4 April 1999

The six million dollar man cometh

New research published in the latest edition of Materials World looks at a new porous version of silicon that could allow mechanical devices to interact with human tissue.

The new work comes from research into the biocompatibility of silicon at De Montfort University, in the UK and could lead to electronic sensing devices for checking body chemistry and potentially viewing images, hearing sounds and "bionic" limb replacements. Scientists attempting to electropolish silicon with an electrolyte containing hydrofluoric acid discovered Porous silicon. The acid left a number of quantum dots in the silicon which trap electrons making it an efficient, luminescent semiconductor.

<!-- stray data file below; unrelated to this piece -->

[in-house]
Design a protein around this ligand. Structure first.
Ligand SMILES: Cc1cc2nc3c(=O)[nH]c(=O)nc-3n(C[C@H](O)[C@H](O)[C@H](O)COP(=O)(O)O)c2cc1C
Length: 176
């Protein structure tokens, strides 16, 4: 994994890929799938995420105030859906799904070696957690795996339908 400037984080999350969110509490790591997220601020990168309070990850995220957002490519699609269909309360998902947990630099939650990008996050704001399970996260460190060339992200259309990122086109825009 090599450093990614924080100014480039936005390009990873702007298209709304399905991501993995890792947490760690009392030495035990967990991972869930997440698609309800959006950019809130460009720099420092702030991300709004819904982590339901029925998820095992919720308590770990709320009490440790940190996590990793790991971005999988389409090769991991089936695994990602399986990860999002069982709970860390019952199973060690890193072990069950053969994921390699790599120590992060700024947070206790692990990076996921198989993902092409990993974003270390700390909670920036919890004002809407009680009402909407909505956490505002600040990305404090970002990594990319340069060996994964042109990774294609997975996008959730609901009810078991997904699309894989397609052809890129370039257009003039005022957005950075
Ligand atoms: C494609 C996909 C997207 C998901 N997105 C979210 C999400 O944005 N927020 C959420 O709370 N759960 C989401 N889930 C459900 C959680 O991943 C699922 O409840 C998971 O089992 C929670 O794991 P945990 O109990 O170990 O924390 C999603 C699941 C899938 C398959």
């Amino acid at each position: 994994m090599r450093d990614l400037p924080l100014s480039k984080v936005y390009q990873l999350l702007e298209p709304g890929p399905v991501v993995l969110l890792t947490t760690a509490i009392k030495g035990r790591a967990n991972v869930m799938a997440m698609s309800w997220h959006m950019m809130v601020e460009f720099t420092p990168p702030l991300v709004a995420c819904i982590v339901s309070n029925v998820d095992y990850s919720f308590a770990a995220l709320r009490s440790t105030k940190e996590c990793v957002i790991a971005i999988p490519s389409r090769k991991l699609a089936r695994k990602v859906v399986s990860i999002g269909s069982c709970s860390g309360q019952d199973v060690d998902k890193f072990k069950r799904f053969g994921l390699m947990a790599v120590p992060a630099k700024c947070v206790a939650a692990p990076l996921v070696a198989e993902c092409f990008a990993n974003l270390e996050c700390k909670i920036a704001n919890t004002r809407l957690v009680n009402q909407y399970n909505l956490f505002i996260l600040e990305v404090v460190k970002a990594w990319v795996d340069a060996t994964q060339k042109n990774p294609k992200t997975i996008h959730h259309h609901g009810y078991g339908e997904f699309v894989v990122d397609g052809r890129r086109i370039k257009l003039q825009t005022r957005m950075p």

De Montfort's Professor Sue Bayliss says, "The ability to culture mammalian cells directly onto porous silicon, coupled with the material's apparent lack of toxicity, offers exciting possibilities for the future of biologically interfaced sensing".

If future trials are successful porous silicon could be used to close the gap between mechanical devices and human tissue by transmitting the signals and information from a device to the nervous system and back again. Unfortunately producing porous silicon is a very difficult process and more research is currently underway to find ways of improving this.